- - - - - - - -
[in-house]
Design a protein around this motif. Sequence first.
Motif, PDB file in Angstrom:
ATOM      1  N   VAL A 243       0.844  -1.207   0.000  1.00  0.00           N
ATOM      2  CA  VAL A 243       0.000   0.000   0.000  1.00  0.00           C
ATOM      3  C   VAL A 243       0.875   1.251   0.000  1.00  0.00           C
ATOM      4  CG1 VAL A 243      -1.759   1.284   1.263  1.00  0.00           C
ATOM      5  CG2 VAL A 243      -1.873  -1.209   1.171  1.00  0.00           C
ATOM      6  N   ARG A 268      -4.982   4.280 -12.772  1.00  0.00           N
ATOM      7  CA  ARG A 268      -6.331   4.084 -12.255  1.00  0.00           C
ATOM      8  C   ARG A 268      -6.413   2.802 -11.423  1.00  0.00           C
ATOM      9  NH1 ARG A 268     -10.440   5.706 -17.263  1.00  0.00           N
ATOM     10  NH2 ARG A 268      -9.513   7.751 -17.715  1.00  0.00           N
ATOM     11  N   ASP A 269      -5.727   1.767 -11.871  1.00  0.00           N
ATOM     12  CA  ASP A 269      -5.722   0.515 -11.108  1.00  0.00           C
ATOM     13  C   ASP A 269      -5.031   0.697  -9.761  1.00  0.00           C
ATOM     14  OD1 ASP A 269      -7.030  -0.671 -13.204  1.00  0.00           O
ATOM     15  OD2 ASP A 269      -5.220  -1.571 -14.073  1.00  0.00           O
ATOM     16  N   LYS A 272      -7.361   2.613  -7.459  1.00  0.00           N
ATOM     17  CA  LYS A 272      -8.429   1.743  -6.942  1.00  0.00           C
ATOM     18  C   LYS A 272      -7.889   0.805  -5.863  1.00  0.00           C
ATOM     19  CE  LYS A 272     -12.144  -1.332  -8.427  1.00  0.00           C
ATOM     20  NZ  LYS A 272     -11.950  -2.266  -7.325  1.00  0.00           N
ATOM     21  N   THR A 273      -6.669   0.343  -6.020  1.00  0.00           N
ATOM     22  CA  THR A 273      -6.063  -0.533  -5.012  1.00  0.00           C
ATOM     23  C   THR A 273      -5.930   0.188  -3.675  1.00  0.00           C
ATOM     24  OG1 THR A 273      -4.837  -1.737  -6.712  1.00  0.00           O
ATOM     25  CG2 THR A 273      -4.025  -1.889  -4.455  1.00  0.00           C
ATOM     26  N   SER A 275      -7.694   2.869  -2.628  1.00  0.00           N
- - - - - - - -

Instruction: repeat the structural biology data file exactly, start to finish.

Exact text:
[in-house]
Design a protein around this motif. Sequence first.
Motif, PDB file in Angstrom:
ATOM      1  N   VAL A 243       0.844  -1.207   0.000  1.00  0.00           N
ATOM      2  CA  VAL A 243       0.000   0.000   0.000  1.00  0.00           C
ATOM      3  C   VAL A 243       0.875   1.251   0.000  1.00  0.00           C
ATOM      4  CG1 VAL A 243      -1.759   1.284   1.263  1.00  0.00           C
ATOM      5  CG2 VAL A 243      -1.873  -1.209   1.171  1.00  0.00           C
ATOM      6  N   ARG A 268      -4.982   4.280 -12.772  1.00  0.00           N
ATOM      7  CA  ARG A 268      -6.331   4.084 -12.255  1.00  0.00           C
ATOM      8  C   ARG A 268      -6.413   2.802 -11.423  1.00  0.00           C
ATOM      9  NH1 ARG A 268     -10.440   5.706 -17.263  1.00  0.00           N
ATOM     10  NH2 ARG A 268      -9.513   7.751 -17.715  1.00  0.00           N
ATOM     11  N   ASP A 269      -5.727   1.767 -11.871  1.00  0.00           N
ATOM     12  CA  ASP A 269      -5.722   0.515 -11.108  1.00  0.00           C
ATOM     13  C   ASP A 269      -5.031   0.697  -9.761  1.00  0.00           C
ATOM     14  OD1 ASP A 269      -7.030  -0.671 -13.204  1.00  0.00           O
ATOM     15  OD2 ASP A 269      -5.220  -1.571 -14.073  1.00  0.00           O
ATOM     16  N   LYS A 272      -7.361   2.613  -7.459  1.00  0.00           N
ATOM     17  CA  LYS A 272      -8.429   1.743  -6.942  1.00  0.00           C
ATOM     18  C   LYS A 272      -7.889   0.805  -5.863  1.00  0.00           C
ATOM     19  CE  LYS A 272     -12.144  -1.332  -8.427  1.00  0.00           C
ATOM     20  NZ  LYS A 272     -11.950  -2.266  -7.325  1.00  0.00           N
ATOM     21  N   THR A 273      -6.669   0.343  -6.020  1.00  0.00           N
ATOM     22  CA  THR A 273      -6.063  -0.533  -5.012  1.00  0.00           C
ATOM     23  C   THR A 273      -5.930   0.188  -3.675  1.00  0.00           C
ATOM     24  OG1 THR A 273      -4.837  -1.737  -6.712  1.00  0.00           O
ATOM     25  CG2 THR A 273      -4.025  -1.889  -4.455  1.00  0.00           C
ATOM     26  N   SER A 275      -7.694   2.869  -2.628  1.00  0.00           N